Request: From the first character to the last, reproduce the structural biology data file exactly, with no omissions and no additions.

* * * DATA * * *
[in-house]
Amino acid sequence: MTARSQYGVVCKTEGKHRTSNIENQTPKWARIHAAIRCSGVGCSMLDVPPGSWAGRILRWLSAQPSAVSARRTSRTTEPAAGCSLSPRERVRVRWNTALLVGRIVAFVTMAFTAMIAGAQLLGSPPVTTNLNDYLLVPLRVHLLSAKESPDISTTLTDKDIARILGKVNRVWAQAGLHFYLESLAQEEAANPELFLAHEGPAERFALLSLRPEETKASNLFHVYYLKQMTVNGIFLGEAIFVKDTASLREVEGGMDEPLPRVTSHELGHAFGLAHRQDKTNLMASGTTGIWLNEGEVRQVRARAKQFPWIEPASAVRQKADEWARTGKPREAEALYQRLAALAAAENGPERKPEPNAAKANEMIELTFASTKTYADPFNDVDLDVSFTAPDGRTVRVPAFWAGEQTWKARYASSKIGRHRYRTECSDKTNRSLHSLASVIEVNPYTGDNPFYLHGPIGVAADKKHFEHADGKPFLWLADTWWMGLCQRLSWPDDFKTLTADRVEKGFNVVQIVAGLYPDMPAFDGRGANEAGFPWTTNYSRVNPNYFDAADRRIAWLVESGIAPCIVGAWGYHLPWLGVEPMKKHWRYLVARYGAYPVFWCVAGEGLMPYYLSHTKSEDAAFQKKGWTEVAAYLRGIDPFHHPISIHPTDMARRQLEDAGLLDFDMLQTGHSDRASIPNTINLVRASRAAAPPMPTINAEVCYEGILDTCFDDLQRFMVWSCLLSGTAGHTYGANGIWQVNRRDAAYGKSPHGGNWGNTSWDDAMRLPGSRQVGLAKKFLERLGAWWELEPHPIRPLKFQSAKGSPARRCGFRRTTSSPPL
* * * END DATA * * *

[in-house]
Amino acid sequence: MTARSQYGVVCKTEGKHRTSNIENQTPKWARIHAAIRCSGVGCSMLDVPPGSWAGRILRWLSAQPSAVSARRTSRTTEPAAGCSLSPRERVRVRWNTALLVGRIVAFVTMAFTAMIAGAQLLGSPPVTTNLNDYLLVPLRVHLLSAKESPDISTTLTDKDIARILGKVNRVWAQAGLHFYLESLAQEEAANPELFLAHEGPAERFALLSLRPEETKASNLFHVYYLKQMTVNGIFLGEAIFVKDTASLREVEGGMDEPLPRVTSHELGHAFGLAHRQDKTNLMASGTTGIWLNEGEVRQVRARAKQFPWIEPASAVRQKADEWARTGKPREAEALYQRLAALAAAENGPERKPEPNAAKANEMIELTFASTKTYADPFNDVDLDVSFTAPDGRTVRVPAFWAGEQTWKARYASSKIGRHRYRTECSDKTNRSLHSLASVIEVNPYTGDNPFYLHGPIGVAADKKHFEHADGKPFLWLADTWWMGLCQRLSWPDDFKTLTADRVEKGFNVVQIVAGLYPDMPAFDGRGANEAGFPWTTNYSRVNPNYFDAADRRIAWLVESGIAPCIVGAWGYHLPWLGVEPMKKHWRYLVARYGAYPVFWCVAGEGLMPYYLSHTKSEDAAFQKKGWTEVAAYLRGIDPFHHPISIHPTDMARRQLEDAGLLDFDMLQTGHSDRASIPNTINLVRASRAAAPPMPTINAEVCYEGILDTCFDDLQRFMVWSCLLSGTAGHTYGANGIWQVNRRDAAYGKSPHGGNWGNTSWDDAMRLPGSRQVGLAKKFLERLGAWWELEPHPIRPLKFQSAKGSPARRCGFRRTTSSPPL